FARMINGTON — In an effort to end a debate about a proposed wood-chip-fueled heating plant for the University of Maine at Farmington, members of the town’s Planning Board will stand on downtown street corners to observe whether a tractor-trailer laden with wood chips can make a turn onto Quebec Street.

The site visit and final Planning Board meeting on the proposed UMF central heating plant on Quebec Street will be held Monday, and board members expect it will be the last time the subject will need to be reviewed before they take a vote.

UMF is proposing to build an $11 million, 5,885-square-foot biomass central heating plant on the site of a university parking lot near the intersection of Perkins and Quebec streets. The biomass fuel plant is expected to replace 390,000 gallons of heating oil now used to heat the buildings through individual systems. The plan calls for centralizing the heating system and is projected to reduce the university’s carbon emissions by 3,000 tons a year.

Town Manager Richard Davis said two routes will be tested. One runs from Front Street to Broadway, which becomes Perham, and turns right onto Quebec Street. The other route starts on High Street, turns right onto Middle Street and right again onto Quebec Street.

Planning Board member Gloria McGraw said she would ride in the truck to observe the process.

Project officials at the meeting talked about hiring a truck from Cousineau Wood Products, of North Anson, for the test, because Cousineau could be a wood chip supplier for the project.

The Monday board meeting will be the third the board has held on the project. At the initial meeting with project developers and again at a two-and-a-half hour meeting Monday night, residents voiced concern about whether the development would harm the character of the neighborhood and whether the side road could handle the increased truck traffic required to maintain an adequate supply of wood. About 30 people attended the meeting, including UMF President Kathryn Foster.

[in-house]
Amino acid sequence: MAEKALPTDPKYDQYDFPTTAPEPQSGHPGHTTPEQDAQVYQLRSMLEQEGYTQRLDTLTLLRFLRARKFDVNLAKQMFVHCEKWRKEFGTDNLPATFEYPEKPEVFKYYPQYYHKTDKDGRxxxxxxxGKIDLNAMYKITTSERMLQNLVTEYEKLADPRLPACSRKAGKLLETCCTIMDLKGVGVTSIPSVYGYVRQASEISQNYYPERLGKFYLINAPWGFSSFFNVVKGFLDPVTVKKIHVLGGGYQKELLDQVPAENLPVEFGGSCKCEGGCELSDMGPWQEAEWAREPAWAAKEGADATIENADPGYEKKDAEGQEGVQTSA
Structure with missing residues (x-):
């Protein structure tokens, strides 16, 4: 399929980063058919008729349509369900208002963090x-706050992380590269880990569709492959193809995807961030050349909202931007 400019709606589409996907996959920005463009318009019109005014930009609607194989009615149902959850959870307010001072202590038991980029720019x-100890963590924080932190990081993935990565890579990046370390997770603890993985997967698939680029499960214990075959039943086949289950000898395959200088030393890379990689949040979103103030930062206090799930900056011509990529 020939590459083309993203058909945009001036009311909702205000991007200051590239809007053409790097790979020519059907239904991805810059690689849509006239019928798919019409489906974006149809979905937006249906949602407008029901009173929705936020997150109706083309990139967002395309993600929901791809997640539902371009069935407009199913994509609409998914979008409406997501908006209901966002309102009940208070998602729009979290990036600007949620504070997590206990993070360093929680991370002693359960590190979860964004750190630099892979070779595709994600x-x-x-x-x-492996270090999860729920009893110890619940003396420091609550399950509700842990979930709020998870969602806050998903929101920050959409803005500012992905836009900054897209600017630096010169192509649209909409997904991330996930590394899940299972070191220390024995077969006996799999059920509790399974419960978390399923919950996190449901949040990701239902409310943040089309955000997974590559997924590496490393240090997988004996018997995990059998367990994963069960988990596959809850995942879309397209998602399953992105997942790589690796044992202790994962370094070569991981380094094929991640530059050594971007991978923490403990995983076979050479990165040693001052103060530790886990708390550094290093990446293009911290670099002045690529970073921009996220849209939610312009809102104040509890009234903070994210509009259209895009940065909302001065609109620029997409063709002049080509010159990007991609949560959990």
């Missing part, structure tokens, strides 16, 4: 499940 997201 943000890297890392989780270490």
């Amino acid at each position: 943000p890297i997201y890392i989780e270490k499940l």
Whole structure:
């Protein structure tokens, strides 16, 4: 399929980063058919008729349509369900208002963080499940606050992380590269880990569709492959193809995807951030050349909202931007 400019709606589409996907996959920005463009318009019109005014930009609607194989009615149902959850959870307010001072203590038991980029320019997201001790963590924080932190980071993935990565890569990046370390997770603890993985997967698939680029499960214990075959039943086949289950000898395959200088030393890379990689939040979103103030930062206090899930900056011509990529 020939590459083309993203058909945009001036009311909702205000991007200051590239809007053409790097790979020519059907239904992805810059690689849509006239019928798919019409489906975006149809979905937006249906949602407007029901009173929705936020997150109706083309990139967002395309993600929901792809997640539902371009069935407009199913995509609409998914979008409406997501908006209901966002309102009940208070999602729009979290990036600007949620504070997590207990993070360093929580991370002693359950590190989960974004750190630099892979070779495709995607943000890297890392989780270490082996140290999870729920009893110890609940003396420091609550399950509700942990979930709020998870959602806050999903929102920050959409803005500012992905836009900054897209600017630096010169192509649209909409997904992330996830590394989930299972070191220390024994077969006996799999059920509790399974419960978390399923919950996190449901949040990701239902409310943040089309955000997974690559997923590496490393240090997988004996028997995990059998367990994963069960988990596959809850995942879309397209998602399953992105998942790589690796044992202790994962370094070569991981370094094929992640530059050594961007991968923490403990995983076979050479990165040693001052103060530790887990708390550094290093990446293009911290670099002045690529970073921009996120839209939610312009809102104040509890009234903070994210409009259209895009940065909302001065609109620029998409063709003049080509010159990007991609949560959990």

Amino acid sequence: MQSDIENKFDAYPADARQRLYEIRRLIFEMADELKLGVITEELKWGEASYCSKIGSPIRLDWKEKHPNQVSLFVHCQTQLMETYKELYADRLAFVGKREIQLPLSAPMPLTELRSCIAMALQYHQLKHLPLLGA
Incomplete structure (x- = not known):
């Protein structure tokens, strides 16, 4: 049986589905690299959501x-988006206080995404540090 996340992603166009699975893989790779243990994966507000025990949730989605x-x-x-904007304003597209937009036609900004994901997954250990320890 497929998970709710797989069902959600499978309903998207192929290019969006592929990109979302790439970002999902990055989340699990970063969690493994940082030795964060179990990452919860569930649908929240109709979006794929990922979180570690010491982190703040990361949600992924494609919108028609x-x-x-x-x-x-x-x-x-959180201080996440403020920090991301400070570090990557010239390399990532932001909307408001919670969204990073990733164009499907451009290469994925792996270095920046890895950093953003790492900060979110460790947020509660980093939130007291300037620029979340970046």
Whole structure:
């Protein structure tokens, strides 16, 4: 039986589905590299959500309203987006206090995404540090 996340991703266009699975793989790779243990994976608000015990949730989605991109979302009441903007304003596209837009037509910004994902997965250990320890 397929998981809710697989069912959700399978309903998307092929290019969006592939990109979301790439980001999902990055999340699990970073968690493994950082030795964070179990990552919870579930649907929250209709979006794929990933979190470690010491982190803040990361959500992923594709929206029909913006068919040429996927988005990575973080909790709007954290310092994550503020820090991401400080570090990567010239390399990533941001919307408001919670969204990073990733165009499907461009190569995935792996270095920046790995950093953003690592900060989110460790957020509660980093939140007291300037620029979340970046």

During peak heating season, UMF director of facilities Jeff McKay said the plant would need 10 to 11 wood chip deliveries a week. The university now receives 40 to 50 deliveries of oil, in smaller trucks, during the peak heating season.

During Monday’s test drive, the tractor-trailer will try two routes and also will try to turn onto Quebec Street from Middle Street.

Tom Perkins, of Dirigo Architectural, which is overseeing the project for UMF, told the Planning Board that a civil engineer determined a tractor-trailer should be able to make the turn, a point he illustrated with a graphic representation of a turning radius.

“There’s been a lot of field investigation,” said Mark Power, team leader from Trane Inc., which is contracted to build the project.

Meanwhile, the project was voted down by the Farmington Village Corporation, which has its own Planning Board with authority over the downtown area. Members of the village corporation board attended the Planning Board meeting and later convened in their own meeting and voted against the boiler project as a nonconforming project for residential zoning.

Farmington’s attorney, Frank Underkuffler, said the village corporation — a quasi-government agency that over the years has been reduced to a planning board and water district — does not appear to have the power to overrule Farmington in this situation. When a conflict arises between the two planning boards, Underkuffler said, the village corporation can supplement the municipality but can’t supplant it.

Davis said he couldn’t recall a time when the two entities had a controversy about town planning.

“If there becomes a controversy between the two, the town’s would most likely prevail, but it would likely require a court action,” Davis said.

Jane Woodman, business director of the Farmington Village Corporation, said Underkuffler’s statement was the first time she had heard the town say that it has more authority over planning than the corporation.

Woodman said either UMF could appeal the decision with the village corporation, and at that point the corporation would get its attorney involved, or the university could wait to see if the town decides to approve the boiler project and claim the town decision overrides the corporation’s vote.

Kaitlin Schroeder — 861-9252

[email protected]

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